Re: NonEuclidean Arithmetic
Posted:
Sep 11, 2012 9:50 PM


On Tue, Sep 11, 2012 at 3:52 PM, Paul Tanner <upprho@gmail.com> wrote:
> Nonsense. > > You are just trying to resurrect the attempt to rescue repeated > addition with this "roughly" talk I debunked in my post in this thread > > http://mathforum.org/kb/message.jspa?messageID=7884356 > > in which I said: > > "That you have to introduce a "roughly" part demonstrates the truth of > what I'm saying when both factors are irrationals. >
I see that you're an adamant segregationist, eager to side with Devlin and uphold the superiority of "scaling" over "repeated addition".
For your stance to appear heroic, you must keep "repeated addition" from meaning anything close to "changing a length".
Taking 1/pi of a pie (of possibly irrational volume), pi times, cannot be confused with adding 1/pi to itself a little more than 3 times to get a whole pie.
You've made it your business to hobble one of the memes to prove the superiority of the other.
It's not enough for "scaling" to stand on its own, you must denigrate "repeated addition" by repeating repeatedly a watered down presentation of what it means.
Where we agree is "multiplication" is neither one thing nor the other, neither repeated addition nor scaling, or rather, it is all these things and more.
You can multiply modulo N, you can concatenate, you can compose functions and permutations, you can rotate polyhedrons (matrix multiplication, or quaternions).
All of these operations may be presented as "multiplication" of one kind or another.
> And this ""noncomputable" is just daft" remark causes me to again > reiterate everything in my post in this thread > > http://mathforum.org/kb/message.jspa?messageID=7887042 >
Yes, you tend to regurgitate on cue, a known technique in the NFL (National Forensic League).
As debaters go, you definitely know some of the tricks. That's good. People should be good at rhetoric, in order to defend their points of view.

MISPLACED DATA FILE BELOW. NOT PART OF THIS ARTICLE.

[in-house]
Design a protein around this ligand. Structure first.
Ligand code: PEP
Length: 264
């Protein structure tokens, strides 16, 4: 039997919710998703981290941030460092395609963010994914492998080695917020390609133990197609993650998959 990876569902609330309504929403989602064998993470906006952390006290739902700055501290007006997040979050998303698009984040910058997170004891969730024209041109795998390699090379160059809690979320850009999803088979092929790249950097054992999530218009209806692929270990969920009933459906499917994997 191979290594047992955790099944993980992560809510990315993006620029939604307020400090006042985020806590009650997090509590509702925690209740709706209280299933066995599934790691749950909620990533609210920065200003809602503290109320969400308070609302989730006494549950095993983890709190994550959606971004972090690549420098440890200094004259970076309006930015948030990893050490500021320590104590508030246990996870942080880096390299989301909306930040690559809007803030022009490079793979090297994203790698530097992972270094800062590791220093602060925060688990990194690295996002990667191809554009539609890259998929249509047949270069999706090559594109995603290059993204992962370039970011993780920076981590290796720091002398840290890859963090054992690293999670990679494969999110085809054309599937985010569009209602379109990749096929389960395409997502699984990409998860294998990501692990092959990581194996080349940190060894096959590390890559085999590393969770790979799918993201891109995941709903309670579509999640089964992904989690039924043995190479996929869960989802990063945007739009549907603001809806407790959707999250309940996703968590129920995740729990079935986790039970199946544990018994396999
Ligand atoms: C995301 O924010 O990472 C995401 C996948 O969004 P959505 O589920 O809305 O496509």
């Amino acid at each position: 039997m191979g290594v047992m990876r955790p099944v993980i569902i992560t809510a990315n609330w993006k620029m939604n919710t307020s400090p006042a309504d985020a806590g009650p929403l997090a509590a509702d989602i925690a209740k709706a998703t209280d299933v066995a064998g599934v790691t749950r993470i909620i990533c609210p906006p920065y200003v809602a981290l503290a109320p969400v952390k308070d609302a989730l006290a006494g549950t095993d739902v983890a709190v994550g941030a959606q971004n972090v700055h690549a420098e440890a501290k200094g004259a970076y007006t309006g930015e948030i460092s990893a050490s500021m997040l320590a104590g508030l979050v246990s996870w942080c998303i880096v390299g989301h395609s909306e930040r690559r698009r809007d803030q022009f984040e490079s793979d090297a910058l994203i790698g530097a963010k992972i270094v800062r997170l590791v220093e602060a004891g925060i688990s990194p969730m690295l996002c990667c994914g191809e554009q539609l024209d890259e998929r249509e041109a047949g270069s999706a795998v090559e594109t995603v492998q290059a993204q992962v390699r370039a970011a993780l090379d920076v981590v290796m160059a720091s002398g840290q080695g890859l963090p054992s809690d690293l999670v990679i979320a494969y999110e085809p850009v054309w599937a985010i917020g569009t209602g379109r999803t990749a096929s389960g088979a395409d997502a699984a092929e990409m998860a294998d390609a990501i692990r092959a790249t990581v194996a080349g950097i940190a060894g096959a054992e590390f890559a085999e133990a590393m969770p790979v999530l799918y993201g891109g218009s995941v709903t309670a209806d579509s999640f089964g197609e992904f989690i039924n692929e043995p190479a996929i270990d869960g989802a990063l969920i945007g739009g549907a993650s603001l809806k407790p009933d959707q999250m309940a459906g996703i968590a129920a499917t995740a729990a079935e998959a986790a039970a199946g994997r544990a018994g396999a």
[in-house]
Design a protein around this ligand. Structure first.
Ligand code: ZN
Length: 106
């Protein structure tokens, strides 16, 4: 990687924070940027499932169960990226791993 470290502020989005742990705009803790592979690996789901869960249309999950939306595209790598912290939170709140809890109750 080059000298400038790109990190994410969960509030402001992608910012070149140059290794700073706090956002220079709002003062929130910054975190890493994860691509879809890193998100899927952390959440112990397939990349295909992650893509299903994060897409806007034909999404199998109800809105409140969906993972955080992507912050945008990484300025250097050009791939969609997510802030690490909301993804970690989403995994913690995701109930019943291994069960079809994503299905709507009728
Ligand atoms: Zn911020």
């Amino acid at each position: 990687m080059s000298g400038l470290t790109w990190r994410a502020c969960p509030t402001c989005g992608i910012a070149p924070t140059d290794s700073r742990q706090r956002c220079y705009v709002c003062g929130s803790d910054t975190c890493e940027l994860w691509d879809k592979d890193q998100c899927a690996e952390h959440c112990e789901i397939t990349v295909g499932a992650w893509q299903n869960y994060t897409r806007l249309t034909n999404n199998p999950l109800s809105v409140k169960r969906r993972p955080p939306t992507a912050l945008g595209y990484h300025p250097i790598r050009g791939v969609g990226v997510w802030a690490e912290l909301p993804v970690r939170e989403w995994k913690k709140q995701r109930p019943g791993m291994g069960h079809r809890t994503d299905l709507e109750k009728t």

> and especially what I said here: > > "The crux of all this is that those who think that "multiplication is > repeated addition" is just fine for R seem to treat the irrationals as > not all that important, just a side curiosity, just "those numbers > over there" that "don't really count" for what is really important > (which seems to be finite computation for those who think this way > about multiplication), and all that. But again, it's the irrationals
Whereas somehow your favored "scaling" meme is starkly precise about the difference?
You can always tell when scaling whether irrationals were involved?
I consider it a tad hypocritical to be offering "scaling" as a unifying heuristic, demeaning "repeated addition" (quite unnecessarily) in the process, and then not showing how multiplying a sphere by pi is any different from multiplying it by P, where P may or may not be irrational.
When it comes to absolute distance from 0, and changing that, based on a binary operation, you've given us no reason to treat Q and (RQ) any differently, from the point of view of the scaling model.
Sure, we can both turn to the audience and recite what we know about those differences, but they're not intrinsic to the scaling model.
As evidence: the ancient Greeks used scaling for a long time before they formalized any position on incommensurability and nonrational length measures.
The socalled "real numbers" are a relatively recent cultural invention, and multiplication was going on a long time before they were promulgated.
That goes to my point that models of multiplication that sometimes obscure differences between species of number are not thereby "bad" or "misleading". They come from a time when different games were played. And different games are played even today.
You've accepted scaling all along.
Just without explaining how taking 1/pi of a pie (a slice) is not adding that amount to my plate and subtracting it from the pie. And if I take 4/pi slices of pie, I'll need more pie than one. That's repeated addition. You can do it with a calculator and explain that there's rounding in the real world.
Kirby